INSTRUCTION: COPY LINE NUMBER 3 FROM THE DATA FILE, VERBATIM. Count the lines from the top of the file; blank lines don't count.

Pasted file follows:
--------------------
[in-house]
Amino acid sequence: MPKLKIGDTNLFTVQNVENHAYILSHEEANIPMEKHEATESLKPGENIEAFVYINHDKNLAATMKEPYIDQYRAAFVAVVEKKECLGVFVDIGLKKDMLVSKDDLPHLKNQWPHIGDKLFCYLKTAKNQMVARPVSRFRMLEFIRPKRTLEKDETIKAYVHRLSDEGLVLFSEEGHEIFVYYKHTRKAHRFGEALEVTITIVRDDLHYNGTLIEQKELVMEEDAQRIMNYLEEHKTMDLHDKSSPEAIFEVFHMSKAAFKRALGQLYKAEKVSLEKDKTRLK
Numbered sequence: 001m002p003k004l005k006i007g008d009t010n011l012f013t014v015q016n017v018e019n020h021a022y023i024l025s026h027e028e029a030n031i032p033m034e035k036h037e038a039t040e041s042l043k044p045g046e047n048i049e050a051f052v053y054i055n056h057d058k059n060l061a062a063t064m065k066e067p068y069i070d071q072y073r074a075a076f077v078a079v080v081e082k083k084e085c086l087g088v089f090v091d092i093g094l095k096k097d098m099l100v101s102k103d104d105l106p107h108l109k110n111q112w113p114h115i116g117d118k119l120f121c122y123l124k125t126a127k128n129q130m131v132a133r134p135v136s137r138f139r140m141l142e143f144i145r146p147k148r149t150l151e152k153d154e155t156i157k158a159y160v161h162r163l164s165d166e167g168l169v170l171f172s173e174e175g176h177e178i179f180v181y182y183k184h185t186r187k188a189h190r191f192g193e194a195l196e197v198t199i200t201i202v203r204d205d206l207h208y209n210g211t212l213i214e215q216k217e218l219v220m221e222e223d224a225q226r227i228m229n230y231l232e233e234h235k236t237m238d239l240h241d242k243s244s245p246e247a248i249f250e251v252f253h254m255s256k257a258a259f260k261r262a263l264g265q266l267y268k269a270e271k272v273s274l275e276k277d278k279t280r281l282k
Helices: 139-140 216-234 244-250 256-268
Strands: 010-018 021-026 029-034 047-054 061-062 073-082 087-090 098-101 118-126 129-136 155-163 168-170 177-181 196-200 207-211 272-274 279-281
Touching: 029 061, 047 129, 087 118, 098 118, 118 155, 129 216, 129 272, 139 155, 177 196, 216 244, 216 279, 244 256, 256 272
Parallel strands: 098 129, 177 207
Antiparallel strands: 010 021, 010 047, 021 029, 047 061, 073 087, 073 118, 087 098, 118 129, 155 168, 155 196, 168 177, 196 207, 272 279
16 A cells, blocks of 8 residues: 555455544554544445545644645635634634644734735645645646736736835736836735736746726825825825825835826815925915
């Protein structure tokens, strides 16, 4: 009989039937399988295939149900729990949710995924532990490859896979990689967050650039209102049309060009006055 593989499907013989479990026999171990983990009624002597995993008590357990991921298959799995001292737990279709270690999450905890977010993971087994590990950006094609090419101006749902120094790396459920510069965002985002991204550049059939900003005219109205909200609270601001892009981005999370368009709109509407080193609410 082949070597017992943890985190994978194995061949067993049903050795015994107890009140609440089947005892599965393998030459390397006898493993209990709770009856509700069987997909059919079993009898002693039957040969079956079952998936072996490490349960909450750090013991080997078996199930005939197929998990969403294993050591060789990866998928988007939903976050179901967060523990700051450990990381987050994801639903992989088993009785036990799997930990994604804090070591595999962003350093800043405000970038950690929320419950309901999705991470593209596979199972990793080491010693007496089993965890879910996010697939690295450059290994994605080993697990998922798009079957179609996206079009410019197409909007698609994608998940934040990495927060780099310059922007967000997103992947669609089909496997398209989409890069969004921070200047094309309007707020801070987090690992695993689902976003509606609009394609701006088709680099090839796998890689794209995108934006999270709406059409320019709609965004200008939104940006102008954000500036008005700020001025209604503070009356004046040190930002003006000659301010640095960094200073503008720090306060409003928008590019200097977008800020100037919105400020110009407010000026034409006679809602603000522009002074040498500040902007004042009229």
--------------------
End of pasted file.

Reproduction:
Numbered sequence: 001m002p003k004l005k006i007g008d009t010n011l012f013t014v015q016n017v018e019n020h021a022y023i024l025s026h027e028e029a030n031i032p033m034e035k036h037e038a039t040e041s042l043k044p045g046e047n048i049e050a051f052v053y054i055n056h057d058k059n060l061a062a063t064m065k066e067p068y069i070d071q072y073r074a075a076f077v078a079v080v081e082k083k084e085c086l087g088v089f090v091d092i093g094l095k096k097d098m099l100v101s102k103d104d105l106p107h108l109k110n111q112w113p114h115i116g117d118k119l120f121c122y123l124k125t126a127k128n129q130m131v132a133r134p135v136s137r138f139r140m141l142e143f144i145r146p147k148r149t150l151e152k153d154e155t156i157k158a159y160v161h162r163l164s165d166e167g168l169v170l171f172s173e174e175g176h177e178i179f180v181y182y183k184h185t186r187k188a189h190r191f192g193e194a195l196e197v198t199i200t201i202v203r204d205d206l207h208y209n210g211t212l213i214e215q216k217e218l219v220m221e222e223d224a225q226r227i228m229n230y231l232e233e234h235k236t237m238d239l240h241d242k243s244s245p246e247a248i249f250e251v252f253h254m255s256k257a258a259f260k261r262a263l264g265q266l267y268k269a270e271k272v273s274l275e276k277d278k279t280r281l282k